As we continue to think with Kant we discover that freedom has a negative and a positive dimension. Negatively it is independence of external causation or in Kant's words, foreign causes. Positively freedom is "a causality according to immutable laws, but of a peculiar kind." For our reflections just now two features of this peculiarity seem pertinent. One is that each rational nature is the power to put forth the immutable laws. A second is that awareness of the capacity to be a lawgiver makes one aware of his/her status as a person. Freedom in its negative and positive dimensions is autonomy, the ability of rationality to be a peculiar kind of cause. Its peculiarity can be seen in part when one realizes that this positive freedom is not any one of Aristotle's four causes. The tradition--should I say trace?-- out of which Kant speaks here that of Plato and mind's role as "cause of the mixture." This active intelligence is a creative power which operates in terms of ends which it projects and is the reason why events take the course they do, but is neither final nor efficient cause in the traditional Aristotelian understanding. Nor is it material or formal cause since it is active and free both negatively and positively. It is the active power of creative intelligence. We return to the infinite intrinsic worth of each person as free. As the legislator who determines all worth and therefore possesses dignity, worth, respect is always due, everywhere, in every instance, always and necessarily.
While this language would not appeal to a postmodernist, there are other times when Kant's language would seem quite attractive to some postmodern readers. He says that all human reason is wholly incompetent to explain how pure reason can be practical and that
all pains and work searching for an explanation are wasted. To search for an explanation would be the same as to search to ascertain how freedom is possible
However, the thinking which comes to expression in these words is completely at variance with postmodern doctrine. A few pages earlier Kant has said
where determination according to natural laws leaves off, there too does all explanation leave off
These words too could have been written by a deconstruction oriented postmodern, but what soon follows could not. Kant argues that those who claim to have seen more deeply into the essence of things and who then deny freedom do so because they
must necessarily regard human existence, persons, (den Menschen) as appearances in order to make natural law valid with respect to human actions.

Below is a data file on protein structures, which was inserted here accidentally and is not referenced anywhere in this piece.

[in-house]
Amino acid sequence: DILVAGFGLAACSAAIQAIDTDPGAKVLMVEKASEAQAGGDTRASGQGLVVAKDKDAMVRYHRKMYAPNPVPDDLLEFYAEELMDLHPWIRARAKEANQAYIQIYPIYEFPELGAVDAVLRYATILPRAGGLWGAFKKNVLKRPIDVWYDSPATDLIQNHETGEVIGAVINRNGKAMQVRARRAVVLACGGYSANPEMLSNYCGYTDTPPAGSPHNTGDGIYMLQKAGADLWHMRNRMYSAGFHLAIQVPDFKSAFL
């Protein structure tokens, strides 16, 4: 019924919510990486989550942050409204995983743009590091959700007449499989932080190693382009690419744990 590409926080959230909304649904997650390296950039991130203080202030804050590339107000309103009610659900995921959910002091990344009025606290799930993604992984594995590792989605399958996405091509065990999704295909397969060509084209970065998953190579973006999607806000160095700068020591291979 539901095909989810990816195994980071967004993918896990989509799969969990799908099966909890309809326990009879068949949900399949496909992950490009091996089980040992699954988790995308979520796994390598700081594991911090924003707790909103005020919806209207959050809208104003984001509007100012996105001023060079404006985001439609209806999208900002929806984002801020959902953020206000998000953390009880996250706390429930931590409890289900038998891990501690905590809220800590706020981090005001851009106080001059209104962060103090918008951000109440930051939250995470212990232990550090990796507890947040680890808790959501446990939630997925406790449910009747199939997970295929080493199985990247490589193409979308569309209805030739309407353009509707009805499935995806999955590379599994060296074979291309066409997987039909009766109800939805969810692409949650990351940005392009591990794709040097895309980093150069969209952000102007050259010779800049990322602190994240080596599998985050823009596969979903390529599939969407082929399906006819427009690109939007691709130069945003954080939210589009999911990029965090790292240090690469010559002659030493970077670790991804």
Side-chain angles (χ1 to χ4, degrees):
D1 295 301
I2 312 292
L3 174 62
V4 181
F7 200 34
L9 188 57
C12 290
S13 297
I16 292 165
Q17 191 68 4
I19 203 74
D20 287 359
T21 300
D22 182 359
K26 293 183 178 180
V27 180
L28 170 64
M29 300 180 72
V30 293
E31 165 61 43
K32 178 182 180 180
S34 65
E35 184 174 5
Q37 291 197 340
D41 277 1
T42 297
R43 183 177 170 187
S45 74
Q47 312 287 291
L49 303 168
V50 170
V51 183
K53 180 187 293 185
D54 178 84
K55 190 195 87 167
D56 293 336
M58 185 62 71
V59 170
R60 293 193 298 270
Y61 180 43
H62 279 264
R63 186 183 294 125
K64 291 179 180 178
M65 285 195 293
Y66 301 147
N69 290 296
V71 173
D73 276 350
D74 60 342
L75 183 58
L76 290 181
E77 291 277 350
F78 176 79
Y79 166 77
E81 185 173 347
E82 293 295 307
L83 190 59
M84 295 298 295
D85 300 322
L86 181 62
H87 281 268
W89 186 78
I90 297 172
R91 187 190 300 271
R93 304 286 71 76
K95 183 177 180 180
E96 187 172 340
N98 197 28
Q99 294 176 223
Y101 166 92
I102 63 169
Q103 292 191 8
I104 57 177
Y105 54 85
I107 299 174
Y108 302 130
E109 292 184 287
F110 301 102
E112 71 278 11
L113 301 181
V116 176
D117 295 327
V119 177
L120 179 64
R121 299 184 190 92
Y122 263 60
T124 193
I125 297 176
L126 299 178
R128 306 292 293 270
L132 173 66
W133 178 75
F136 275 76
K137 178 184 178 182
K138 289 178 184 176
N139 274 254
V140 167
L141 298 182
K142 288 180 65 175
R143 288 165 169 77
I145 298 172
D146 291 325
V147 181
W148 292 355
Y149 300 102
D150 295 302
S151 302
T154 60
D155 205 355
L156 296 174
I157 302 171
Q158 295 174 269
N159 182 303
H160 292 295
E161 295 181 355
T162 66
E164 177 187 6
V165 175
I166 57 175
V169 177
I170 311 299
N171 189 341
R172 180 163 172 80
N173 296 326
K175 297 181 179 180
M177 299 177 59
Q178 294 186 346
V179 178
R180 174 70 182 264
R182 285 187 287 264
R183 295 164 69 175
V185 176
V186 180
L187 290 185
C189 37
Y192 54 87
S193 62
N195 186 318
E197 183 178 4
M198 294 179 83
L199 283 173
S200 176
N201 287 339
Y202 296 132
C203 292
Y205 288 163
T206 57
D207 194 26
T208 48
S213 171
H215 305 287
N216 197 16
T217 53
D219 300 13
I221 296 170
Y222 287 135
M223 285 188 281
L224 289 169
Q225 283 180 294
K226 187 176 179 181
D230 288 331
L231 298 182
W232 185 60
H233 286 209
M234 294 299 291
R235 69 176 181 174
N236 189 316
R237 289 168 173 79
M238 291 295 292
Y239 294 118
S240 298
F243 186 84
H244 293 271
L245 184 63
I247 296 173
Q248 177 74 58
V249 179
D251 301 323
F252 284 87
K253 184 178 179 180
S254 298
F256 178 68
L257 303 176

Odd as it may seem, postmodernism does precisely what Kant rejects. Whereas Kant calls for thinking of human beings as intelligences, as free, as persons, as beings of intrinsic worth, postmodernism would persist in considering persons as mere appearances, as things. Trace becomes the ghost of causal law and a linguistic, temporal, social determinism results as differance continually differs. Subjects, persons, become sub-classes of trace, confluences of texts, products of the flow of difference as writing writes.
Freedom stands in contradiction to natural necessity even of the esoteric sort found in postmodern efforts to escape logocentricism and the ontologies of presence and the oppression presumed to be entailed by them. The necessity found in decentered text is but the negative image of the necessity found in logics of natural necessity. When more closely examined, it becomes evident it is a logic of natural necessity just as romanticism, when it is understood as an upsurge of feeling, is a form of natural necessity.
Small wonder, then, that so much of postmodern writing can make no sense of Kant when he develops freedom as rational autonomy and proceeds to declare the infinite intrinsic worth of persons. If man and humanism can only mean full presence, as Derrida affirms, all play comes to an end, but so does any significant freedom. If Kant is taken to be a function of writing and the writing is Newtonian, and the text language of law certainly could suggest that it is, there is no hope of making any sense of his thinking. Although reason, Kant says,
in its speculative intention finds the path of natural necessity much more taken and usable than that of freedom, for its practical intention the footpath of freedom is the only one on which it is possible to make use of reason in our doing and leaving undone.
Strange as it may seem, much of postmodernism, and not only when it takes its deconstruction mode, finds itself on the well-beaten path of necessity whereas Kant is revealed to be the radically new thinker who blazes a trail to human freedom and dignity.
So now we know why postmodernism produces nothing but cant when it tries to read Kant.
Orignially published in Kant und die Berliner Auflkaerung. Akten des IX Internationalen Kant-Kongress, Band V. Verlag: Walter de Gruyter, Berlin.